I had a very, very pleasant experience working with Kevin. I would work with him again in a heartbeat. It’s really nice to work with him. He is so talented. He’s such a veteran of the screen. He has done so many different things. He makes a terrifying villain. It was also funny because I’d never met him before, I was a bit starstruck and I had to play that I wasn’t intimidated or afraid of him. But in real life I thought, ‘I can’t believe I’m working with him. This is such a big deal for me.” I was a really big fan of a lot of his work growing up, from footloose until balto until Superficial man until vibrations. Even much of his work is more recent. There are too many movies to count, but I’ve seen a lot of things he’s done and I had a great experience watching him. It was truly a masterclass, the privilege of working with someone who has literally been involved in film since the 1970s. I just wanted to be a sponge. I just wanted to suck up everything I can. He’s also just a really cool, laid-back guy. He has goats. I don’t know if you know that, but he has goats on a farm. He sometimes plays music for his goats. It’s on his TikTok or his Instagram.
These characters are in a talk therapy camp, but in some ways – and in some really moving moments – it feels more like a regular summer camp where people can be safe. Did it have that summer camp vibe on set?
I grew up in a very, very small town in central Illinois and there was a summer camp that I went to and I worked as a camp counselor for a year. I was the youngest camp counselor on the entire list of counselors, and they called me the super counselor because I was really concerned that all the kids were okay. So, with so much experience of being at summer camp, I felt like I was right at home when I got started and the bonding just happened pretty quickly that way. Everyone just started hanging out and started getting close very quickly. There was a lot of fun on set, there were a lot of things we did when we weren’t on set. We were supposed to go get an ice cream together, I went an ax throwing one with some of the cast members. We want to see a movie at the drive thru and it was summer and it was hot. You know, it really had that real summer camp magic. It happens, then it passes so quickly. If I could work in that camp again, or make another film like that, it would be really, really nice. Because the atmosphere and the camaraderie is really exciting.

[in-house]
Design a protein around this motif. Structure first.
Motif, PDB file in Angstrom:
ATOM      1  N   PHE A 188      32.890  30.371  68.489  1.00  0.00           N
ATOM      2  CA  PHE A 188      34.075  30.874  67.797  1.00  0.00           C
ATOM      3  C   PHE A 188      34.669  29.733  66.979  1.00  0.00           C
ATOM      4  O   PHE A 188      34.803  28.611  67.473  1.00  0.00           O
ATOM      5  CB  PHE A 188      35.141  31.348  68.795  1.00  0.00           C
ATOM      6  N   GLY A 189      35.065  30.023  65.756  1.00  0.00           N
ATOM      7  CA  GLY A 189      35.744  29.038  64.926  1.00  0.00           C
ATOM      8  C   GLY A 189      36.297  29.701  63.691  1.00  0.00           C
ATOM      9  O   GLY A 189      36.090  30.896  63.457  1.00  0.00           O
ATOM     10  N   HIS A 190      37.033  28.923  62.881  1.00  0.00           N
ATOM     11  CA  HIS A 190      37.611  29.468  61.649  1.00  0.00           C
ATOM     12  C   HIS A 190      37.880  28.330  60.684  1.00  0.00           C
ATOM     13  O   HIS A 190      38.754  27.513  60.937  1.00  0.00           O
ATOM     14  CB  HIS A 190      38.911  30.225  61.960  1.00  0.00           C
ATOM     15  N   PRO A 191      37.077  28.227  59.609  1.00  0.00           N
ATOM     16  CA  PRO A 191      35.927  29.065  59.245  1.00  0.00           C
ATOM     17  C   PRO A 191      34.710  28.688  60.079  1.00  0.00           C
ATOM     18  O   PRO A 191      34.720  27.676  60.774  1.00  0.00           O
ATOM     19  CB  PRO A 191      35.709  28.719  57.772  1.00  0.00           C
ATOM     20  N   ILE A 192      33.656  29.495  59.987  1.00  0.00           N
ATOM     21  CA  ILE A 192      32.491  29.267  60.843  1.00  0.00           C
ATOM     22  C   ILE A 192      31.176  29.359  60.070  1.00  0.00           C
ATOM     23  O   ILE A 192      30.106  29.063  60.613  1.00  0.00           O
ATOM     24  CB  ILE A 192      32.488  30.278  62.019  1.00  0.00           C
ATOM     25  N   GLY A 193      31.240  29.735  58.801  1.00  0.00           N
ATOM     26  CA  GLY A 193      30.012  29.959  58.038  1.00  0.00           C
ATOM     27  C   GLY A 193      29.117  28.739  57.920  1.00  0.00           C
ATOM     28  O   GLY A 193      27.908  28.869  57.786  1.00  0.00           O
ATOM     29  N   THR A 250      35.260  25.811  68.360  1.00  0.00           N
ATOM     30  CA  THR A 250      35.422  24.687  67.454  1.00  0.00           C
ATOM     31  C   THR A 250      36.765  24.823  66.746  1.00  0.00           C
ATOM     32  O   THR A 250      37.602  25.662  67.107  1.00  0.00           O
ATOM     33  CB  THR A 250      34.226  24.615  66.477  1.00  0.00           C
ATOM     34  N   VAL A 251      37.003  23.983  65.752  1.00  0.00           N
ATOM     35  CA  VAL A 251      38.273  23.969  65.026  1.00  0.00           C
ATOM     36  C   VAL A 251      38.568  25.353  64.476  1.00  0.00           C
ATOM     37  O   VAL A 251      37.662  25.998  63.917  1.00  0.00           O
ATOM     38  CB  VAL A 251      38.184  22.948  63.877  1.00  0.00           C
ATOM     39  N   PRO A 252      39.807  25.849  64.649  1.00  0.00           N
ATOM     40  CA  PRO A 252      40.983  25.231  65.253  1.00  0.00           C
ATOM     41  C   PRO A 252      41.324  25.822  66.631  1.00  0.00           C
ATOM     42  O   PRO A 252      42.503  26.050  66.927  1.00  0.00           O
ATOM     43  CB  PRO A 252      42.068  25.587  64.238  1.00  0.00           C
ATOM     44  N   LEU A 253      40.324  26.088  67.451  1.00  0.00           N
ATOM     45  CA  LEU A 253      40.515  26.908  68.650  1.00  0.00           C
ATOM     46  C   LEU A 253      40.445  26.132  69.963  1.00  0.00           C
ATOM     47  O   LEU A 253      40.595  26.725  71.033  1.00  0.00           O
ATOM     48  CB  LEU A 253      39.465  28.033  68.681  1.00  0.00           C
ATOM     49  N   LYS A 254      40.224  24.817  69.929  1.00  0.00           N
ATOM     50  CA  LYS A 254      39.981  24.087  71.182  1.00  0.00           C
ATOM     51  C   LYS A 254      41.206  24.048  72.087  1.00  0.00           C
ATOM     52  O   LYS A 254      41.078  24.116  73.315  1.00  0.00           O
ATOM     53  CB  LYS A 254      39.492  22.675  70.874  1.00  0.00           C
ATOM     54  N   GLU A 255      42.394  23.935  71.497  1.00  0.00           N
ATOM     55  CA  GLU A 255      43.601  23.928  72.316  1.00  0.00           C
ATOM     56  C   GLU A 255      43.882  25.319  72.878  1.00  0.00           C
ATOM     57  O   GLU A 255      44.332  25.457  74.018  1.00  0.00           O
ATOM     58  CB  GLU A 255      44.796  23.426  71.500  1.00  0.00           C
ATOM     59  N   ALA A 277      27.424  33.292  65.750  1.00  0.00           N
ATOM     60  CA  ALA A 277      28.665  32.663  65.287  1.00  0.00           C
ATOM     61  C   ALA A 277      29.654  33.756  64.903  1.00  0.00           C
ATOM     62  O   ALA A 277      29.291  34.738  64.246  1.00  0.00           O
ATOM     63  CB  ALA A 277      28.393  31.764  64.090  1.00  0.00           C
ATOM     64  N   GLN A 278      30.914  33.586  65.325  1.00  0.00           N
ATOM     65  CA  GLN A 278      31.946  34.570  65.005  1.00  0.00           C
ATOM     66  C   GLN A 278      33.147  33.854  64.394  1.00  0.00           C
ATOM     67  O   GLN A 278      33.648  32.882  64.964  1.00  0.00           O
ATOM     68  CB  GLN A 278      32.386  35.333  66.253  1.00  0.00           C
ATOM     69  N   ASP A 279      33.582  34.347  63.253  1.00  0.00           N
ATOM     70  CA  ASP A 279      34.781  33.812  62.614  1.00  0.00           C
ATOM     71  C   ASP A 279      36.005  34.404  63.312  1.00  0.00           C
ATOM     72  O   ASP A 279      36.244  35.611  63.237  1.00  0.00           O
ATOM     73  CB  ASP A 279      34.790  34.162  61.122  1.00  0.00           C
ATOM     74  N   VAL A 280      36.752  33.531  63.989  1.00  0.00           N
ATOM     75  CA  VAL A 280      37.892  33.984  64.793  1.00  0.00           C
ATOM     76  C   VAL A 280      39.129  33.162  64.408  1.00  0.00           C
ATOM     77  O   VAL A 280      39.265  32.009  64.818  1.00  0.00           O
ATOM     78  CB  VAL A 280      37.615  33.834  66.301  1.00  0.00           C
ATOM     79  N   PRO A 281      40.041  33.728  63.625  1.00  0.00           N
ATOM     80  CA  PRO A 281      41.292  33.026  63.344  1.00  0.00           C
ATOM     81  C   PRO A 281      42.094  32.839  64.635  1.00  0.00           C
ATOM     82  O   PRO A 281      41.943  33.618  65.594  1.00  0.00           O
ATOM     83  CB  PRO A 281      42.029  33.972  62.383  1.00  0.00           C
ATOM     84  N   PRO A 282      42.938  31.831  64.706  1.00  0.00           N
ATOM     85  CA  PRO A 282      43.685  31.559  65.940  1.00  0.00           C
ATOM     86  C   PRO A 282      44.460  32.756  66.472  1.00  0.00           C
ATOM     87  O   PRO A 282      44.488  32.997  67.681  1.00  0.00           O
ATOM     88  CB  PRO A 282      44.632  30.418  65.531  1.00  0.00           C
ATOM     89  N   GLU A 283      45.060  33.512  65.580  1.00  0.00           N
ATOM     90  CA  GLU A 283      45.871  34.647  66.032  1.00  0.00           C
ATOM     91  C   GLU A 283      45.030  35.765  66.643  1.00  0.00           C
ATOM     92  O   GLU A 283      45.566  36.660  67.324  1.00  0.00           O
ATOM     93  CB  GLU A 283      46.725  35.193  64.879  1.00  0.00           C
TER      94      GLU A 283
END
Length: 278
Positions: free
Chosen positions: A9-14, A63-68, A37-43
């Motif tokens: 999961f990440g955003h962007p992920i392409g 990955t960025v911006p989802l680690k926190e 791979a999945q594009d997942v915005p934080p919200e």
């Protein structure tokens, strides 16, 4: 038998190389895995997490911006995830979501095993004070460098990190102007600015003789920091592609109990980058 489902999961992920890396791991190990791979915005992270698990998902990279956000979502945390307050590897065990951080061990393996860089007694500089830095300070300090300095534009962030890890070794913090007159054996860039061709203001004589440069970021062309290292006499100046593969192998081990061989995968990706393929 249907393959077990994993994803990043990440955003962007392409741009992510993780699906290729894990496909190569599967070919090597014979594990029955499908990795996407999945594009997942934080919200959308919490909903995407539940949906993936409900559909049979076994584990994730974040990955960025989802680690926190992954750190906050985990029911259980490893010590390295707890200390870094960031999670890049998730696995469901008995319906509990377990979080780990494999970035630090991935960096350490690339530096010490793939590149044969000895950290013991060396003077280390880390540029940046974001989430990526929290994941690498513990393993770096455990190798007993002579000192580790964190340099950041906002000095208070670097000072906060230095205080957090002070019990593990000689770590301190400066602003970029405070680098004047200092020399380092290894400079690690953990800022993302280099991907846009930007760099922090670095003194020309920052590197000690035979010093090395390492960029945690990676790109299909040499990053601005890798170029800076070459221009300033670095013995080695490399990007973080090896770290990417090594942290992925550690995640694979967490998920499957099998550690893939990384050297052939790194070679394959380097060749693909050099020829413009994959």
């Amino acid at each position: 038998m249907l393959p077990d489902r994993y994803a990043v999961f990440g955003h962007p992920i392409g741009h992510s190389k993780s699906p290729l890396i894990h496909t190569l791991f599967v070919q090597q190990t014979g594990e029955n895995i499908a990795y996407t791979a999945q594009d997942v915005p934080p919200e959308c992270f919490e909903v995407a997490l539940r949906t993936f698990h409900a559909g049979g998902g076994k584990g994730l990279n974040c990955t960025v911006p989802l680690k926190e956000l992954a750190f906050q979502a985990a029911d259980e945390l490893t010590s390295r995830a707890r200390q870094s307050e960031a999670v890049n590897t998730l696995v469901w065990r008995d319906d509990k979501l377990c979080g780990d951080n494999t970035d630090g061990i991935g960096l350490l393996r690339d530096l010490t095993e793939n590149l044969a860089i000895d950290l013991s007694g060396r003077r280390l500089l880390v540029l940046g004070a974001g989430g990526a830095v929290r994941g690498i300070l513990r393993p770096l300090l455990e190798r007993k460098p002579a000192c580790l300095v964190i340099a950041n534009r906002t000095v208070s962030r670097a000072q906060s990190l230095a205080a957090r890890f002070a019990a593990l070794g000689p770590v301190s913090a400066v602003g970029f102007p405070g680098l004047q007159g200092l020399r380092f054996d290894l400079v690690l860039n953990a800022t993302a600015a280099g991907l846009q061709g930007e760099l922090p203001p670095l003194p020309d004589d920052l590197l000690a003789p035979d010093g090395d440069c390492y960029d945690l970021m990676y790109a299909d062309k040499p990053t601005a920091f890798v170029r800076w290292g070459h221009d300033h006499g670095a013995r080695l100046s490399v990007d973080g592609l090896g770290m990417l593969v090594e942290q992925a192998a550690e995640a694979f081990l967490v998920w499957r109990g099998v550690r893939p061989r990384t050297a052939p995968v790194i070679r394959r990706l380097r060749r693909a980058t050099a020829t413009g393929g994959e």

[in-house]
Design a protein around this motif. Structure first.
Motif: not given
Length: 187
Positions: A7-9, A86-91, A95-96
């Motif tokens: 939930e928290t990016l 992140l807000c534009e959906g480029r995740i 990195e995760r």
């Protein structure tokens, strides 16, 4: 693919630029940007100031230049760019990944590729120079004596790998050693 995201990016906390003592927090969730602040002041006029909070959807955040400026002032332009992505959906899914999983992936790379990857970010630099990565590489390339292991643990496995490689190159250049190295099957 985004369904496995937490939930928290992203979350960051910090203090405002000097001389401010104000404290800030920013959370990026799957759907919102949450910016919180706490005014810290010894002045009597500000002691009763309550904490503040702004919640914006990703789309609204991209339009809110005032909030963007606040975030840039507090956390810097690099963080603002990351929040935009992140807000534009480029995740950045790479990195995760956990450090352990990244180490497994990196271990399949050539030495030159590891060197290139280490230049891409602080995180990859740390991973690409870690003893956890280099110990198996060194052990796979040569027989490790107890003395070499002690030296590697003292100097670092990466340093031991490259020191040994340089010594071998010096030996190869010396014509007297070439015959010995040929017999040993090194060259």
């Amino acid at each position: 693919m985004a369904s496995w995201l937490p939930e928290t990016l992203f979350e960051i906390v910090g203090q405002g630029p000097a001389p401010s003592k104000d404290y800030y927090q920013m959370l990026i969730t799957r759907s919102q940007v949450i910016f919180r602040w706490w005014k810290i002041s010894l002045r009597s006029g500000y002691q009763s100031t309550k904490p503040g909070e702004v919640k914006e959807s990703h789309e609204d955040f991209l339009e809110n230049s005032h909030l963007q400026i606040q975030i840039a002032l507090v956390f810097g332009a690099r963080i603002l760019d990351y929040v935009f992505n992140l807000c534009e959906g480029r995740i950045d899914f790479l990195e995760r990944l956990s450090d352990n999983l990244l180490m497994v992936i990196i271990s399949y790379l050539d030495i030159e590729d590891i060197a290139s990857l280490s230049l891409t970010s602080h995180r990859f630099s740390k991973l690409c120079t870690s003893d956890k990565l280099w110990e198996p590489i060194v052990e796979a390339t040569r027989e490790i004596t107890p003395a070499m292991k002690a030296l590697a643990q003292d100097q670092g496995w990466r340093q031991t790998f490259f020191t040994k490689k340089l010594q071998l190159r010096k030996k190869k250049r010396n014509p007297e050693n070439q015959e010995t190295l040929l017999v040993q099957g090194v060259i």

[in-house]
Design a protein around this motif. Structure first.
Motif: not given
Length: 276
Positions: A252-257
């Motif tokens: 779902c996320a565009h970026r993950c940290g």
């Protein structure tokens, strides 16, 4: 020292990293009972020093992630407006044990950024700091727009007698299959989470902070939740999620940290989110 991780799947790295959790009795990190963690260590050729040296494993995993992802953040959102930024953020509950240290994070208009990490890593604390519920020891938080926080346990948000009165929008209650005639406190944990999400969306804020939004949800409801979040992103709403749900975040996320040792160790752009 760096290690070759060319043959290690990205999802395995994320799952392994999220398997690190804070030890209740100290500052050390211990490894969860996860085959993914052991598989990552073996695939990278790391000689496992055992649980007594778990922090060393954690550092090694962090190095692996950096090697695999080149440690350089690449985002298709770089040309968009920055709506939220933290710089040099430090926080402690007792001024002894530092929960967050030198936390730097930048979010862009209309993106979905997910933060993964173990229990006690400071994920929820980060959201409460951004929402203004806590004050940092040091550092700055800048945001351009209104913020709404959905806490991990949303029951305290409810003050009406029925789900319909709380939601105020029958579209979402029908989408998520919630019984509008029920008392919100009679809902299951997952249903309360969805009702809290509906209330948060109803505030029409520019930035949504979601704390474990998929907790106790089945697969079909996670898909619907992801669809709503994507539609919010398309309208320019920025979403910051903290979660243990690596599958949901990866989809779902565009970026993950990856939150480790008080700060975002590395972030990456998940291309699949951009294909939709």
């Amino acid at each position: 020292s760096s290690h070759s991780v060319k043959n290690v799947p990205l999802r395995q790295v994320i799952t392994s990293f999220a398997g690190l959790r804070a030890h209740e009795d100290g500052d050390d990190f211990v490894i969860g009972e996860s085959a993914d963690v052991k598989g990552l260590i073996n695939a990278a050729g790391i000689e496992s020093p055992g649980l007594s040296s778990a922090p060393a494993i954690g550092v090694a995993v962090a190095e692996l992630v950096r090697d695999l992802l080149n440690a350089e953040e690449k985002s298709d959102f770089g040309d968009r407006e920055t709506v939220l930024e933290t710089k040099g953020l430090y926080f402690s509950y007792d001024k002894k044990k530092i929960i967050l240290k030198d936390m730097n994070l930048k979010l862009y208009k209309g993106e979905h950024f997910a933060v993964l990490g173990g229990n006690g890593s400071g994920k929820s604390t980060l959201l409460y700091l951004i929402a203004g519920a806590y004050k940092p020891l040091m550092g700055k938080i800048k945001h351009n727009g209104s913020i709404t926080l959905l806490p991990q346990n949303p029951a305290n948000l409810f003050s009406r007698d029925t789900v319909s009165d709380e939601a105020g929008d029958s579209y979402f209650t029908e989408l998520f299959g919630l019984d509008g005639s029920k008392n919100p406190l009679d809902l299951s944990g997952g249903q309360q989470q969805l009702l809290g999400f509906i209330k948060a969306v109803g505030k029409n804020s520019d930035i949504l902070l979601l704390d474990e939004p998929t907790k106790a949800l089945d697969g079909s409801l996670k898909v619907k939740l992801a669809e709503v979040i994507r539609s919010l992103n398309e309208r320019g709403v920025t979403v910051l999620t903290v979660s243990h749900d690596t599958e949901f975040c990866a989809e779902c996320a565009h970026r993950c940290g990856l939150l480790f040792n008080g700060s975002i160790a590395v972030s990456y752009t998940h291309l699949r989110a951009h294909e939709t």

There’s a moment in the movie when it might feel most like a teen summer camp and it’s that pink musical sequence. It’s so tonally different from much of the rest of the film. What was it like filming that?
That was honestly the hardest for me. I took it very seriously. I was like, I want everything to be okay. If there is choreography, I want to do it right. It was John who reminded me that I was taking it a little too seriously. He also said, “I see you want to do a really good job.” Making music together, singing with other people, it just evokes all your emotions in such a positive way. The day we filmed, I was so emotional even though I was nervous about it. If you just dance with people and jump on the beds, and everyone is standing in a circle, yelling in each other’s faces and everyone is laughing – that’s really magical. It’s really healing. And that part of the movie is so different from the rest of the movie. I feel like it’s a weird thing that stands out above the rest of the plot – that almost feels like a dream sequence or something. There were seven of us and then it was the seven background campers, so it was a total of 14 queer people. I didn’t know if I’d like that part when I saw the movie, but I thought, “I feel really inspired.”
she she is now streaming on Peacock.